I have been told to write large applications in several different files. They say it will run faster. What makes it run faster?
Also does a multifile application ACTUALLY run faster than a singlefile one
In C, there is no reason to assume that a multi-source-file application will run faster, and several reasons why it might be slightly slower. Use of multiple files is for the convenience of the developers.
There are even some build systems which let you write multiple files which are combined into a single huge file before being passed to the compiler. This may be called "unity" or "amalgamation" builds.
The main reason is inlining: replacing a call to a function with a copy of the function. C will not usually inline functions from different source files unless the linker is configured to do so. This feature is called "link time optimisation" in GCC.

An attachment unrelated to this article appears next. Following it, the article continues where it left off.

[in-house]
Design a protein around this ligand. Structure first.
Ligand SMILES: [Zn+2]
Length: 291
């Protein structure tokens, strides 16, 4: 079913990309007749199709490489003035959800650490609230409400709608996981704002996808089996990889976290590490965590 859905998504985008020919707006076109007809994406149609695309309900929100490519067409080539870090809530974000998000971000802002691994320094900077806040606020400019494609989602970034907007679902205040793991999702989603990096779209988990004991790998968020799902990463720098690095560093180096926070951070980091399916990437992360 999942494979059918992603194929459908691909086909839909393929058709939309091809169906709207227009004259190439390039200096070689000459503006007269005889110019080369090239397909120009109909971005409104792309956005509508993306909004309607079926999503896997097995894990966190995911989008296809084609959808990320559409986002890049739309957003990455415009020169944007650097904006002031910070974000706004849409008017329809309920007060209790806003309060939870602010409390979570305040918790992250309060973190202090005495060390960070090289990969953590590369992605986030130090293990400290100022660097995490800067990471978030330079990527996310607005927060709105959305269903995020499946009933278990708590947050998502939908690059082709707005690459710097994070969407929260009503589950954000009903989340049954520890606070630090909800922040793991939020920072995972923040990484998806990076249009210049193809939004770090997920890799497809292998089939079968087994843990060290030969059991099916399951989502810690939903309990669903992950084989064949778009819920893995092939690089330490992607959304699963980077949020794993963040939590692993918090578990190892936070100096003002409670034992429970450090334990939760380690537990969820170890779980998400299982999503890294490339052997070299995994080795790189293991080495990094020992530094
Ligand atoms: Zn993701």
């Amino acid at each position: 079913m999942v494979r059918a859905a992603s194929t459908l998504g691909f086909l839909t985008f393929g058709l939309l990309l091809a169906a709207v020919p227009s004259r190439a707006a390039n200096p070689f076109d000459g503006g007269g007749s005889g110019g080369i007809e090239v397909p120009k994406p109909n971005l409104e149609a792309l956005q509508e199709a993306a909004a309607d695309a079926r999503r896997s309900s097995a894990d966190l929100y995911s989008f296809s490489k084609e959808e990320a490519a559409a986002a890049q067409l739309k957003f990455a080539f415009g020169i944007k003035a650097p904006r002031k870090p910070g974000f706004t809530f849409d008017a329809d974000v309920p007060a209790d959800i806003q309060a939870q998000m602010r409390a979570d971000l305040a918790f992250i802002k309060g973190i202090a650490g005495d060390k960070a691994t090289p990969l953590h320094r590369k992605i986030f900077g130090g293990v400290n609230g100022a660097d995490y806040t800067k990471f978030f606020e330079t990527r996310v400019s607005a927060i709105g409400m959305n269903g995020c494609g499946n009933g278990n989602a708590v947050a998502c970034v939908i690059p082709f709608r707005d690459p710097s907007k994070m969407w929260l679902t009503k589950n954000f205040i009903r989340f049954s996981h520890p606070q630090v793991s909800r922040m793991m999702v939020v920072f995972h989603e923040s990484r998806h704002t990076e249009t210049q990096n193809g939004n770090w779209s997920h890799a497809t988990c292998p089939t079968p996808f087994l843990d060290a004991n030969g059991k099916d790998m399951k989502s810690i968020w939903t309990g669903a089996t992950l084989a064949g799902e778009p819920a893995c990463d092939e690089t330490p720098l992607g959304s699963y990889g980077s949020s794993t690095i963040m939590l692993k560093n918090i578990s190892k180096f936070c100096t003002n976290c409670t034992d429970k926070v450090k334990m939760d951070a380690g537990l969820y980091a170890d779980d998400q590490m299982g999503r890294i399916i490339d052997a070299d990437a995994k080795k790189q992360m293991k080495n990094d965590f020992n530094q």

Other commentators have mentioned the idea of not loading unused bits of the program. However, the function grouping provided by the source files may not be preserved in the executable; unless you're using an "overlay" system (mostly obsolete), or you have separated some features into "plugins.”
On Linux and other systems with virtual memory, the operating system can unload unused parts of the program on its own.
There are also some minor benefits possible from things like string constant deduplication - again, you can have the linker handle this, but it may not be on by default.
Build speed issues are worth considering. If you split a program into N files, where N might be in the 100-10,000 range, then compiling one file is usually much quicker than compiling all N files. However in some cases gathering all N files into one huge file is faster than compiling them all separately - provided it doesn't crash the compiler. This tends to be more important in C++ where compile times can be much longer.
In practice, developers split source files because it makes them easier to work with. Opinions vary but 1,000 lines is a good guideline number to start considering splitting a file.